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Living Out the OMI Charism: Fr. Ray Cook Participates in Pfizer Vaccine Trial December 30th, 2020
By Fr. Raymond Cook, OMI
As COVID-19 furiously attacked in the early months of the outbreak, the world was experiencing uncertainly, life changes and economic hardships. Rice University was, and still is, a microcosm of the world in which we live. Having our first confirmed case in February in the research lab, one of our Catholic community members contracted the virus and spent over two months recovering. The way in which her body reacted to the virus was severe, but it also was such that she was unable to develop antibodies against the virus even after being COVID free. Today every Rice student, faculty member, staff and visitors receive weekly COVID tests (nasal swabs) and masks are required as ALL times and no one can eat indoors in groups. Their success rate is a model for all universities. As of today, the positivity rate is far below 1% .
In May of 2020 a Rice Alumnus, who works for the Texas Drug and Development Center, put out a call to get volunteers to try the new RNA-based vaccine for Pfizer Phase II/III study. Because it was hitting so close to home, and my call as an Oblate compelled me to live out Constitution 2, I decided to sign up as a volunteer to participate in the double-blind study. Double blind essentially means that neither the participant nor the doctors know of you are receiving the vaccine or the placebo. I am patient 77 in this trial. In late July I received the call to make an appointment. I discussed it with friends and family and most advised against it because I am asthmatic. But after much time in prayer and guidance from our Lord Jesus, I decided to proceed.
In August I arrived and the appointment lasted four hours as they went through my complete medical history, medications I take, as well as any vitamins or minerals right down to Tart Cherry Extract that I take daily. They had to make sure, they said, if I reacted to the vaccine it was clear what may have caused the reaction. Thirty minutes before I left the clinic, I received the first of 2 doses. I sat there to wait for any severe reactions. Everything seemed fine. They sent me home with emergency contact cards, a COVID test kit (that they would retrieve at any hour of the day or night should I come down with symptoms), a thermometer, a gauge to measure the injection site, and an app to record daily updates. The next day I was scheduled to give blood and was informed that I would be unable to give blood for two years so they could determine how this vaccine affected the bloodstream. Needless to say, this was all a bit nerve-racking as I entered into an unknown study that will continue until August of 2022.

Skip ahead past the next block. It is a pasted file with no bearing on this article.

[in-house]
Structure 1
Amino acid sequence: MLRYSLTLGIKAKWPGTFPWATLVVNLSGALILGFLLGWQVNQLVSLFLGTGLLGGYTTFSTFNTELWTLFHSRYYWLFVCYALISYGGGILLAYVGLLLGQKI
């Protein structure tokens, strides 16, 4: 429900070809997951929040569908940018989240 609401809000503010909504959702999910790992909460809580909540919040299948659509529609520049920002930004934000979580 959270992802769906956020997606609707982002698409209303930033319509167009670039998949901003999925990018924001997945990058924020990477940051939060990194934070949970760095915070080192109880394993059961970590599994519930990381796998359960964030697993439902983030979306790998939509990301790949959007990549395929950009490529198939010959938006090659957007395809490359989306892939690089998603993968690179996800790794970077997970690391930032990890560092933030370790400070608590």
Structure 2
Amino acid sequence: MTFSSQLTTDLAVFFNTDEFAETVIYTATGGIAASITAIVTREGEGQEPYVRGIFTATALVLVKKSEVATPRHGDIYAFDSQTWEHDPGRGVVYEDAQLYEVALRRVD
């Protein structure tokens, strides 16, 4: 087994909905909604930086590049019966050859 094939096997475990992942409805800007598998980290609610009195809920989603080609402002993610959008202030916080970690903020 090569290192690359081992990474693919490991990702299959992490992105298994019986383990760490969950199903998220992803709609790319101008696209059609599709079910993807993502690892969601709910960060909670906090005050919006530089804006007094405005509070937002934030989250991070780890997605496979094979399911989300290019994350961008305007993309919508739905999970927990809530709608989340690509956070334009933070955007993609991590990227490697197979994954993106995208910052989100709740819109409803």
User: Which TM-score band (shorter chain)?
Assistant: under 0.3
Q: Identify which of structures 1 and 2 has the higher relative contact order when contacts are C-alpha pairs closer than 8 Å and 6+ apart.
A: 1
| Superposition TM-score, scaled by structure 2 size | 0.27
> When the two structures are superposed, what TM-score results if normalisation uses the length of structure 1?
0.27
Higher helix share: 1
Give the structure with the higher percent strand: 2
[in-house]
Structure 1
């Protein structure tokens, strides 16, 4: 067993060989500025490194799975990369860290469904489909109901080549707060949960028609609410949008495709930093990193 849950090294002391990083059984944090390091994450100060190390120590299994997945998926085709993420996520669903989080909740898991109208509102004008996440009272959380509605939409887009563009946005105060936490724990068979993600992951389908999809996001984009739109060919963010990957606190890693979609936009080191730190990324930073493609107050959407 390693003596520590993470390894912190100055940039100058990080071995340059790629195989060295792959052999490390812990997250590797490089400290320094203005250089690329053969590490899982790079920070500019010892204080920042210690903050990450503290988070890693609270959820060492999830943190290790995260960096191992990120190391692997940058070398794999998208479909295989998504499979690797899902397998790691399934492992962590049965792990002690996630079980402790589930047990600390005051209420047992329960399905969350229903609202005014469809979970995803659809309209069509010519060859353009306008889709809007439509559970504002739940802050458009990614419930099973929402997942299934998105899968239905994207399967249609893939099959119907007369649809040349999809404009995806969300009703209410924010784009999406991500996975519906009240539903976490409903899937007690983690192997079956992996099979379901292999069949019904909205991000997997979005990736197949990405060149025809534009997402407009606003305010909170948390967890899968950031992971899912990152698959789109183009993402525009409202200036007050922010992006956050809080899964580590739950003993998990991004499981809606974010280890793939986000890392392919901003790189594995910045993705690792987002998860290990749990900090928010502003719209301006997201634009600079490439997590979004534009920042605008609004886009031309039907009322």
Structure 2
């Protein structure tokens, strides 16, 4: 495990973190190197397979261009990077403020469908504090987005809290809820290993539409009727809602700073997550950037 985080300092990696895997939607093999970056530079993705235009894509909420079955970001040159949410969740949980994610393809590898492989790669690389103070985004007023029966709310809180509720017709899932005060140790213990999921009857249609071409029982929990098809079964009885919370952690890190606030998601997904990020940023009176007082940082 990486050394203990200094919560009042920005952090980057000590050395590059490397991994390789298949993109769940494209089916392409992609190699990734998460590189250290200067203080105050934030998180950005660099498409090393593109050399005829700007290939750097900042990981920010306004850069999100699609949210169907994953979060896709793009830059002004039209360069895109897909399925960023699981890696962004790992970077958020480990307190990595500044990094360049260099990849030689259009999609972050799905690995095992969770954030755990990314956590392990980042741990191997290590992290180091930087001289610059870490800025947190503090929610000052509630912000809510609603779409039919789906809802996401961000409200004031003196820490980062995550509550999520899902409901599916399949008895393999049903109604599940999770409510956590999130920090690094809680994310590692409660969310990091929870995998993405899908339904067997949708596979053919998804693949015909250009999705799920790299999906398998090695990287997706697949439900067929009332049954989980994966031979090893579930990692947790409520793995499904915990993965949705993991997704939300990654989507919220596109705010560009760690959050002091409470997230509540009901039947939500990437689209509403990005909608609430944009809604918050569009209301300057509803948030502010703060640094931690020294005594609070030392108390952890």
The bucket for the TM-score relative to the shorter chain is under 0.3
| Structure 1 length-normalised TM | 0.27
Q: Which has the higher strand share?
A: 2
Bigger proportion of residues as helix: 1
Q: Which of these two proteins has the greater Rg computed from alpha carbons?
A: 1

After the first round there were very little side effects except for some swelling and pain at the injection site. I presumed I may have received the placebo. A few weeks later I received the second injection during a two-hour appointment. A few days later I could hardly move as I was so exhausted – but the next day I was fine. “Maybe” I thought, “I received the real vaccine” but I could have also just been exhausted. Now some time has passed, and we have received the good news that the Pfizer Vaccine has a 95% success rate! I also learned that I will be “unblinded” soon and should I have received the placebo; I will be invited to receive the actual vaccine soon. Still, I will make quarterly visits, they will monitor my blood for 2 years as I am still in the trial phase and will continue to live as if I received a placebo to protect those around me.
Of course, I will continue to pray that the poor in our world will have access to the new vaccines. I also give thanks to God for creating minds that are able to protect the world through science.
Fr. Ray Cook, OMI, & Rice University Students Visit OMI JPIC Offices March 14th, 2019
OMI JPIC recently hosted Fr. Raymond Cook, OMI, & Rice University students at JPIC offices. Fr. Ray is currently the chaplain at Rice University. The students shared on their activities through the campus ministry and JPIC staff presented on how their work connects with Catholic Social Teaching.